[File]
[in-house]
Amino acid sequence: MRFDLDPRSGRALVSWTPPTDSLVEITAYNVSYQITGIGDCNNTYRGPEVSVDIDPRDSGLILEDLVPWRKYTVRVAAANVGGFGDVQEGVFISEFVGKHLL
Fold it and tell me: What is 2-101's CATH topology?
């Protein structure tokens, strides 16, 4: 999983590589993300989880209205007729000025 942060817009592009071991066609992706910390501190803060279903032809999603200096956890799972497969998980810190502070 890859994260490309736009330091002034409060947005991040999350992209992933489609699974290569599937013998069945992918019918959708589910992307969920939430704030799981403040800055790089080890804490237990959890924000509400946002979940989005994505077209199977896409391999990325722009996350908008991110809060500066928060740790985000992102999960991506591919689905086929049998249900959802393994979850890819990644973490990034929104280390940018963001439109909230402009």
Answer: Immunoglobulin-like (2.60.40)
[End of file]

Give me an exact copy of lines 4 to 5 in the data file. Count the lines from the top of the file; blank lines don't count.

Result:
């Protein structure tokens, strides 16, 4: 999983590589993300989880209205007729000025 942060817009592009071991066609992706910390501190803060279903032809999603200096956890799972497969998980810190502070 890859994260490309736009330091002034409060947005991040999350992209992933489609699974290569599937013998069945992918019918959708589910992307969920939430704030799981403040800055790089080890804490237990959890924000509400946002979940989005994505077209199977896409391999990325722009996350908008991110809060500066928060740790985000992102999960991506591919689905086929049998249900959802393994979850890819990644973490990034929104280390940018963001439109909230402009």
Answer: Immunoglobulin-like (2.60.40)